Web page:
more from Joseph Butler

Single Idea 21315

[catalogued under 9. Objects / F. Identity among Objects / 9. Sameness]

Full Idea

When a man swears to the same tree having stood for fifty years in the same place, he means ...not that the tree has been all that time the same in the strict philosophical sense of the word. ...In a loose and popular sense they are said to be the same.

Gist of Idea

A tree remains the same in the popular sense, but not in the strict philosophical sense


Joseph Butler (Analogy of Religion [1736], App.1)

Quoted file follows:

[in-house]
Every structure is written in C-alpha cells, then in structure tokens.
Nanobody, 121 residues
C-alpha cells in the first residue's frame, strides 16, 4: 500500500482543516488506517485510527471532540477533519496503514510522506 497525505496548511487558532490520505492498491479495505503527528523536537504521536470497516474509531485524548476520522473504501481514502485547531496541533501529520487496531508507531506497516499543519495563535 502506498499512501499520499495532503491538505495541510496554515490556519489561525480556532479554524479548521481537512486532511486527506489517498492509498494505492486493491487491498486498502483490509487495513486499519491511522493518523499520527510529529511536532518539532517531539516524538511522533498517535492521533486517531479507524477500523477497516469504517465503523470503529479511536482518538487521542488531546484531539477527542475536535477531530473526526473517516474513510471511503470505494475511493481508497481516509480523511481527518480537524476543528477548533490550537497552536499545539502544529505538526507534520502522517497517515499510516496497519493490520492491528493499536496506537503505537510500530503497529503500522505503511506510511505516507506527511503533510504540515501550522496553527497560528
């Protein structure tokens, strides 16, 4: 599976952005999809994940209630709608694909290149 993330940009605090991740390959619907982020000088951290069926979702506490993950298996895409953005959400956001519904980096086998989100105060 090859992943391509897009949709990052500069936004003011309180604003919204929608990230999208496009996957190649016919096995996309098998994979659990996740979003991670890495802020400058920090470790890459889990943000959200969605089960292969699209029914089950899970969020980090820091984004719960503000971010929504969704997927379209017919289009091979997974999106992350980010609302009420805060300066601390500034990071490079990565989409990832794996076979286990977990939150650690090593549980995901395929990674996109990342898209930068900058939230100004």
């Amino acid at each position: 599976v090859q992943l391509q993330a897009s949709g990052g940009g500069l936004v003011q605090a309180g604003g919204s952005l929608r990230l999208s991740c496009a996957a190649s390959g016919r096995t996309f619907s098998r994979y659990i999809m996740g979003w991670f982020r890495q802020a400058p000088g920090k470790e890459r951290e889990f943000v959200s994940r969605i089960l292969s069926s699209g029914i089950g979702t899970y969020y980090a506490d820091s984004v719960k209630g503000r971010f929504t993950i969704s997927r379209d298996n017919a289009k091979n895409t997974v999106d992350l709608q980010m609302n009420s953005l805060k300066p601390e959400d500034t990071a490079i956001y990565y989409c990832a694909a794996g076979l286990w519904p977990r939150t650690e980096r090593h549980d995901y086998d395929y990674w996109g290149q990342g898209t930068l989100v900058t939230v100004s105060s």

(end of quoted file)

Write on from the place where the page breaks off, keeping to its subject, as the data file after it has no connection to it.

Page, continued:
Book Reference

'Personal Identity', ed/tr. Perry,John [University of California 1975], p.100

A Reaction

A helpful distinction which we should hang on. Of course, by the standards of modern physics, nothing is strictly the same from one Planck time to the next. All is flux. So we either drop the word 'same' (for objects) or relax a bit.

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